Fashion Week lasts far longer than a week, which is perfectly in keeping with its comprehensive commitment to excess, and also with its uncanny ability to capture the spirit of the age. And this year, the buzz is all about austerity.
The New York shows have started, and the Times has two articles and a slide show to point out “a Conservative Touch” that will provide “Thrills Without the Frills.” Really. And, of course, no frills doesn’t actually mean doing without frills, as you can see on the hips of the model posed above, but by the standards of the high end shows, the look is definitely, unmistakeably austere.
I can’t say why the industry has converged on this minimalism, and the answer would have to include the natural oscillation between styles that fashion needs to exist at all. What I find more interesting is how the shows can double as political allegory.
Only a year ago, the Milan show captured the Aristocratic Dreams that lie behind the acceleration of income inequality around the globe. Now, after a year in which the draconian austerity policies of Europe and the UK have withstood both continuous public debate and comprehensive failure to meet their own objectives, the US is approaching yet another self-inflicted recession brought on by the same ideology.
The model above may suggest how this s0-called discipline feels inside the elite compound. She doesn’t look too happy, but she isn’t starving either. (Well, ok, she’s a model, so she is starving, but she’s getting paid for it.) She also looks wary, and as if accustomed to wariness–that is, to keeping a close watch on what’s her’s and making sure that no one else gets any of it. Perhaps there is a touch of fear mixed in as well–after all, if resources are thought to be scarce, then wealth makes security a preoccupation. She stands almost as if at attention, as financial and military elites will naturally converge around shared conceptions of order and control. At this level, austerity isn’t so much an economic necessity as a style for ruling in a Hobbesian world.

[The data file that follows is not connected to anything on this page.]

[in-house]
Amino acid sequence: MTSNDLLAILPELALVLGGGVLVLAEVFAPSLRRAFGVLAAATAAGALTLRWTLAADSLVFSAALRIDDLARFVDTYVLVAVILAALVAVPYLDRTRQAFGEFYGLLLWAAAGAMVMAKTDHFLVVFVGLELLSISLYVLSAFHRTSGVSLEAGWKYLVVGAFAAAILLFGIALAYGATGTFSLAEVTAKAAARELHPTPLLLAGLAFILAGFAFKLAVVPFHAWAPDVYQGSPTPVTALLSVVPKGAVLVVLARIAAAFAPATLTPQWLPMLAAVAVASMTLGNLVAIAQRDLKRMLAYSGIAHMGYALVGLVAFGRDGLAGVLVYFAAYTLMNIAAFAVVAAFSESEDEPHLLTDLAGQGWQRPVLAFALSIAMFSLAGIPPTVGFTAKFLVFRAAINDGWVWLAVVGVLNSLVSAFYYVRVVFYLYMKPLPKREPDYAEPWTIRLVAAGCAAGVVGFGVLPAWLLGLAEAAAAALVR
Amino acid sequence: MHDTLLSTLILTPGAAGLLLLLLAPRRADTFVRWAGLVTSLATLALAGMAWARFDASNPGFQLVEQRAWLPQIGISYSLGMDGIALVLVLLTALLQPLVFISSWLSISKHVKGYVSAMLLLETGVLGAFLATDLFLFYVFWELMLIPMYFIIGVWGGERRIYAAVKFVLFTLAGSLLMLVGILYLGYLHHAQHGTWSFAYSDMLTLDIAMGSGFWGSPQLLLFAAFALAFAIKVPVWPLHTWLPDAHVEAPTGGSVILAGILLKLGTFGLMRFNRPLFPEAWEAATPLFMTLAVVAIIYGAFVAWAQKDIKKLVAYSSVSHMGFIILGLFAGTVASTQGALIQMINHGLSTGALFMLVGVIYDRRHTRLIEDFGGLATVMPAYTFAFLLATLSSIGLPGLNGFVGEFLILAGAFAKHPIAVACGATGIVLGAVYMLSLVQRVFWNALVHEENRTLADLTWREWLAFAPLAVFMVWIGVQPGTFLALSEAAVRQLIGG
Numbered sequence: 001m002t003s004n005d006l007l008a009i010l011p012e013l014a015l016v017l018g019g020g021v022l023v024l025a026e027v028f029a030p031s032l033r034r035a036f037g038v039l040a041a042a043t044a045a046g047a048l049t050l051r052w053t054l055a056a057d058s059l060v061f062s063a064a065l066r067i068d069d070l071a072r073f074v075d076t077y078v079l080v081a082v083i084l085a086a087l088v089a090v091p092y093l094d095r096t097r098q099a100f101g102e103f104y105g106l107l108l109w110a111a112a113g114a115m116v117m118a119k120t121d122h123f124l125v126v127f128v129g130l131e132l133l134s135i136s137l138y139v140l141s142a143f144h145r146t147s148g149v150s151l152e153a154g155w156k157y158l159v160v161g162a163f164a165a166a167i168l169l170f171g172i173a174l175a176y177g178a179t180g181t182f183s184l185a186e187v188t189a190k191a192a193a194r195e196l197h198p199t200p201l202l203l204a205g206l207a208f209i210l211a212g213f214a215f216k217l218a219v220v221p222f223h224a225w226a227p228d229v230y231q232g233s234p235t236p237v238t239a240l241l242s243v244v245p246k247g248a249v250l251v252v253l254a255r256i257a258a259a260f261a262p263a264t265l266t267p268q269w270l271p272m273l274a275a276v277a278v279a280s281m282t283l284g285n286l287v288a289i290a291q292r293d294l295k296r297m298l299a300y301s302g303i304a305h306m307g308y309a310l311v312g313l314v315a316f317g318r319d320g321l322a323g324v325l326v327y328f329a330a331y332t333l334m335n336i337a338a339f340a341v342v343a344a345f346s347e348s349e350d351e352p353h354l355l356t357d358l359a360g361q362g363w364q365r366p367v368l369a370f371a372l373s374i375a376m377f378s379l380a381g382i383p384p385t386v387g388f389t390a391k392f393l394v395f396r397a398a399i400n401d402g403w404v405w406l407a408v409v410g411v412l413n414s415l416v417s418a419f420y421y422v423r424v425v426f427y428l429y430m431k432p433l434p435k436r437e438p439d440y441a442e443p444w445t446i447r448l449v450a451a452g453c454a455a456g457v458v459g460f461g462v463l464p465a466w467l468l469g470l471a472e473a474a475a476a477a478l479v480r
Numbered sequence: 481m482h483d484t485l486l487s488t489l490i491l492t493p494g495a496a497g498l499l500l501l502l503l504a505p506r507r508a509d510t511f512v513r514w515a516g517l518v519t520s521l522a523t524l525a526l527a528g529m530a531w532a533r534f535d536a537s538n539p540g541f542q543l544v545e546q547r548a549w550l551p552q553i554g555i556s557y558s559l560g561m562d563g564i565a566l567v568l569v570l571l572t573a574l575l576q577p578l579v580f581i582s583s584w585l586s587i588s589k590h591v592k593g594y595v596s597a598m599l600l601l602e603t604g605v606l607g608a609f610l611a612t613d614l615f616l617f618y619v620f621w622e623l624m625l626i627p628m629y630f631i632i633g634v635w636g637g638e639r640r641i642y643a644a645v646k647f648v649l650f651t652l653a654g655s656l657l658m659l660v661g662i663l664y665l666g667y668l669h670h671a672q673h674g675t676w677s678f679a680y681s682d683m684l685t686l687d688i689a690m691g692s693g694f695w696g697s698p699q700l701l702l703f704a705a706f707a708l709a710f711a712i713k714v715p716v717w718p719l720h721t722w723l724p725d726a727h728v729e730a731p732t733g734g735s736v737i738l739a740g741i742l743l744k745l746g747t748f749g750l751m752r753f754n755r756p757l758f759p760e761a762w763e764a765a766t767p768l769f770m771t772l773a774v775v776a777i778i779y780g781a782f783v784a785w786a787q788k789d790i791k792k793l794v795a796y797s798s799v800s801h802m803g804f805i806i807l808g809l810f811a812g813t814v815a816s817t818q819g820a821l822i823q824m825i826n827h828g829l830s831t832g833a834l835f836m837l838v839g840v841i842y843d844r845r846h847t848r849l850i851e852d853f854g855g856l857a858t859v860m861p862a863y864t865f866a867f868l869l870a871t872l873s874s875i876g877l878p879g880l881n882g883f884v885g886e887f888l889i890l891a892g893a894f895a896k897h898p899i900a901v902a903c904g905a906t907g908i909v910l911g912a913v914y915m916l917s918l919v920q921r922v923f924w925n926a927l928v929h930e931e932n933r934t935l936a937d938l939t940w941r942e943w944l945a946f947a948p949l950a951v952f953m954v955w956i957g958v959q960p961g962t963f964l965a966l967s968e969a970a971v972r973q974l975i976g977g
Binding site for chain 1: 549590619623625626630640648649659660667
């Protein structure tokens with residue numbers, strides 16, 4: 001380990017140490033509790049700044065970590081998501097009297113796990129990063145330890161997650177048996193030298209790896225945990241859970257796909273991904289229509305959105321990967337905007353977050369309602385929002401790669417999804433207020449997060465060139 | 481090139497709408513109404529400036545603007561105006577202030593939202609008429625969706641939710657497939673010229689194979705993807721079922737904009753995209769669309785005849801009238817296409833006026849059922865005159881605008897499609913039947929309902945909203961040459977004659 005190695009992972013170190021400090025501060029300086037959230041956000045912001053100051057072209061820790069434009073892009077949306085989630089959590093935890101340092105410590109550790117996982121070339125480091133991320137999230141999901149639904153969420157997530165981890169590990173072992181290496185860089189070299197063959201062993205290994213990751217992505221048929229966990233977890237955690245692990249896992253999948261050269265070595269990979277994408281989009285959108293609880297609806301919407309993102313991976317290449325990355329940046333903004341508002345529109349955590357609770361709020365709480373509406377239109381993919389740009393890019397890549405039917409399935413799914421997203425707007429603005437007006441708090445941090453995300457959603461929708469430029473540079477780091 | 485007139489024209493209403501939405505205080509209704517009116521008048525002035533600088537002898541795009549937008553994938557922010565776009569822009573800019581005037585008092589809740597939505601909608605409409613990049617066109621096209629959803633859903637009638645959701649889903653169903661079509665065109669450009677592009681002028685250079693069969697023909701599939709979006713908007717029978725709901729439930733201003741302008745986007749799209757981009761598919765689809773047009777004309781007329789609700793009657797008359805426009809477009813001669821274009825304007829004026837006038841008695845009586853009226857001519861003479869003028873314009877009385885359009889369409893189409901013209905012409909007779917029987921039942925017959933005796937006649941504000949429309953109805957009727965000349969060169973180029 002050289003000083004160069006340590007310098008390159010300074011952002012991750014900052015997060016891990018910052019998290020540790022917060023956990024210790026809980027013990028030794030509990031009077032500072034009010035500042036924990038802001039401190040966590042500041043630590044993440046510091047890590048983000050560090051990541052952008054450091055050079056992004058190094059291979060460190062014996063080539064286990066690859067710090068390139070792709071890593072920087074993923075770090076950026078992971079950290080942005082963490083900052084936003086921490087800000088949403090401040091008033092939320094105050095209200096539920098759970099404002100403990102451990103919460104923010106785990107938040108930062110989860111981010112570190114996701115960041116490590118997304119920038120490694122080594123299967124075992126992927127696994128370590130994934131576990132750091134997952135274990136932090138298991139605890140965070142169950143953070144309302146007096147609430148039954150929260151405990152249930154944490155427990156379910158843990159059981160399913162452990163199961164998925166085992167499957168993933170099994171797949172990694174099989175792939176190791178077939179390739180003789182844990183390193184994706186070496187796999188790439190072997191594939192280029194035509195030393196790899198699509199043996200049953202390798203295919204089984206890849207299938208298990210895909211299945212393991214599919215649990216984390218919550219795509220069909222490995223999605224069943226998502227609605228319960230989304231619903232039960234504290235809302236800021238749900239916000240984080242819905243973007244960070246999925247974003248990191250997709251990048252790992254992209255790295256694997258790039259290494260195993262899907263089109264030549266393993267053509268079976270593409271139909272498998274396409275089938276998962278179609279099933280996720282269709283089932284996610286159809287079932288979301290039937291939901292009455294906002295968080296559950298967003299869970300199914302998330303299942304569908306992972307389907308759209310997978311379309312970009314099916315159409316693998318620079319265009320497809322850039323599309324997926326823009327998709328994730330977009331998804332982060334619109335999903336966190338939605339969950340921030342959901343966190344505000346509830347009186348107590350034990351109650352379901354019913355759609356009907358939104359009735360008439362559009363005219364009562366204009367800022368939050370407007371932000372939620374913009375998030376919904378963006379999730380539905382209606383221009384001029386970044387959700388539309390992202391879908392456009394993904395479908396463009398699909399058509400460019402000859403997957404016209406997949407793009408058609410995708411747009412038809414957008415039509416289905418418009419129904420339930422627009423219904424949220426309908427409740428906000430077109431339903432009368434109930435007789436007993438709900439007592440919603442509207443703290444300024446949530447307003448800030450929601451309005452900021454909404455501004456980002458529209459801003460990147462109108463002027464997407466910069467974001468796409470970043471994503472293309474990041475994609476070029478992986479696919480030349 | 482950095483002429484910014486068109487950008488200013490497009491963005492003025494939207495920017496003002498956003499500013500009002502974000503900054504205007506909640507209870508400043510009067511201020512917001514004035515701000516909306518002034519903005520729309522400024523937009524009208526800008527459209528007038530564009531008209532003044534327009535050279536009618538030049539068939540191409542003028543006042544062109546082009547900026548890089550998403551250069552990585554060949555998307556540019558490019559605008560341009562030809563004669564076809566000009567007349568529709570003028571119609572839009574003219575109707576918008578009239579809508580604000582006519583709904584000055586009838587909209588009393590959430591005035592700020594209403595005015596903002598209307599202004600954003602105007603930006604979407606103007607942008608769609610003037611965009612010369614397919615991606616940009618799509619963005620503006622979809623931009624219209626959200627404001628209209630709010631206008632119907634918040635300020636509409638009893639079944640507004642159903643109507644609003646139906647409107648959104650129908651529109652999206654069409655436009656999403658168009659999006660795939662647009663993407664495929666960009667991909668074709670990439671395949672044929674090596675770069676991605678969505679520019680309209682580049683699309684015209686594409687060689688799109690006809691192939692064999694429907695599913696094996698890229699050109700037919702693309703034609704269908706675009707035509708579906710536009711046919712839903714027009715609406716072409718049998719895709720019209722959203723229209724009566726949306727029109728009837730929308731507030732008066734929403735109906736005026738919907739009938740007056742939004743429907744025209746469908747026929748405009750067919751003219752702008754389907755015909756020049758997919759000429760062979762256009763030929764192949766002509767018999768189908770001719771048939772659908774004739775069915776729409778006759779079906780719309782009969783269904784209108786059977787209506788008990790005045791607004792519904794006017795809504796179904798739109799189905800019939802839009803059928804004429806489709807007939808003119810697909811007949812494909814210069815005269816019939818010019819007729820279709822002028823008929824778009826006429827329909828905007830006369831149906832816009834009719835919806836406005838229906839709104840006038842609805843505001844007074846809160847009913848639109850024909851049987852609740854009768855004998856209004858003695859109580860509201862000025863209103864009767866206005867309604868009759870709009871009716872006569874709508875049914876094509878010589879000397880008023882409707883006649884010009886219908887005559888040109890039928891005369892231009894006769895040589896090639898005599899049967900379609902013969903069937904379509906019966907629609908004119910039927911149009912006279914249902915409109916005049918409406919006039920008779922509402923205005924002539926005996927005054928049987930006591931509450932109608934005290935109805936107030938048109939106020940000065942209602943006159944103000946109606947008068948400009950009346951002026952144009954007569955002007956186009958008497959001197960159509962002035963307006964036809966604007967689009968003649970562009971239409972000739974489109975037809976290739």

Which is how we get to this image.
After the shows are over, this should be put on the cover of Margaret Atwood’s The Handmaid’s Tale. (Just as Fashion Week mimes social theory, it also can channel science fiction.) Young, wrapped in a functionary’s costume much like she is trapped in a corner, and yet like her shoes elevated and fetishized, this could be the image of an imperial concubine. But the Lords of Finance pride themselves on being liberal in more ways than one–two, actually–so she also could be a ruler in training.
Like the fictions it evokes, Fashion Week pretends to be about the future while being finely turned with the present. Which is why it might have something to teach us: For those in power today, austerity is just another way to clothe the politics of greed.
The New York Times slide show features photos from the pre-fall collections previewed last month. The two dresses shown here are from Bottega Veneta and Narcisco Rodriguez. If you have any doubt regarding my claims about the failure of financial austerity policies, read Paul Krugman.